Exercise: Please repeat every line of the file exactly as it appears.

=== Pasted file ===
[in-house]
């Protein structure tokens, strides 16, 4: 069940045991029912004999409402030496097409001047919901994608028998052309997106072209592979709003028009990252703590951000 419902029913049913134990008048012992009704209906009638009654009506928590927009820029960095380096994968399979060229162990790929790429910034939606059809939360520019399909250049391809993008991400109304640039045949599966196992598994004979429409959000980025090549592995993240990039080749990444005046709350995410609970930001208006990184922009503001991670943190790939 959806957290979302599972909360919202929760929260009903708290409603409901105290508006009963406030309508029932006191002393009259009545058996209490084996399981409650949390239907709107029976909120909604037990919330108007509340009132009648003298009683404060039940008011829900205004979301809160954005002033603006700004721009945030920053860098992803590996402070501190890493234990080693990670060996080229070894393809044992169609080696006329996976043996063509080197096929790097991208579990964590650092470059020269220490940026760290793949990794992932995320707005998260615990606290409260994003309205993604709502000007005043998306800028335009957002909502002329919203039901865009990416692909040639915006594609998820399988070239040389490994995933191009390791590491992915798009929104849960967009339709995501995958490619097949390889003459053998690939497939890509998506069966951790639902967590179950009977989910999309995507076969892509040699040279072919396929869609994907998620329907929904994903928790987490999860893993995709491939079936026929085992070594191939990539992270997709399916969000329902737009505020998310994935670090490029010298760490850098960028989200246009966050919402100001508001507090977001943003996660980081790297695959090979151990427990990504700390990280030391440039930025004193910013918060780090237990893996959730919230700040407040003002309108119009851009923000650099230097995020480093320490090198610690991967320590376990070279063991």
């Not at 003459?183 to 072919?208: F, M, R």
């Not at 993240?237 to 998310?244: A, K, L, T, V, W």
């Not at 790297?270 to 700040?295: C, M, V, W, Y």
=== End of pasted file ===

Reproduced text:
[in-house]
């Protein structure tokens, strides 16, 4: 069940045991029912004999409402030496097409001047919901994608028998052309997106072209592979709003028009990252703590951000 419902029913049913134990008048012992009704209906009638009654009506928590927009820029960095380096994968399979060229162990790929790429910034939606059809939360520019399909250049391809993008991400109304640039045949599966196992598994004979429409959000980025090549592995993240990039080749990444005046709350995410609970930001208006990184922009503001991670943190790939 959806957290979302599972909360919202929760929260009903708290409603409901105290508006009963406030309508029932006191002393009259009545058996209490084996399981409650949390239907709107029976909120909604037990919330108007509340009132009648003298009683404060039940008011829900205004979301809160954005002033603006700004721009945030920053860098992803590996402070501190890493234990080693990670060996080229070894393809044992169609080696006329996976043996063509080197096929790097991208579990964590650092470059020269220490940026760290793949990794992932995320707005998260615990606290409260994003309205993604709502000007005043998306800028335009957002909502002329919203039901865009990416692909040639915006594609998820399988070239040389490994995933191009390791590491992915798009929104849960967009339709995501995958490619097949390889003459053998690939497939890509998506069966951790639902967590179950009977989910999309995507076969892509040699040279072919396929869609994907998620329907929904994903928790987490999860893993995709491939079936026929085992070594191939990539992270997709399916969000329902737009505020998310994935670090490029010298760490850098960028989200246009966050919402100001508001507090977001943003996660980081790297695959090979151990427990990504700390990280030391440039930025004193910013918060780090237990893996959730919230700040407040003002309108119009851009923000650099230097995020480093320490090198610690991967320590376990070279063991």
């Not at 003459?183 to 072919?208: F, M, R």
């Not at 993240?237 to 998310?244: A, K, L, T, V, W």
């Not at 790297?270 to 700040?295: C, M, V, W, Y």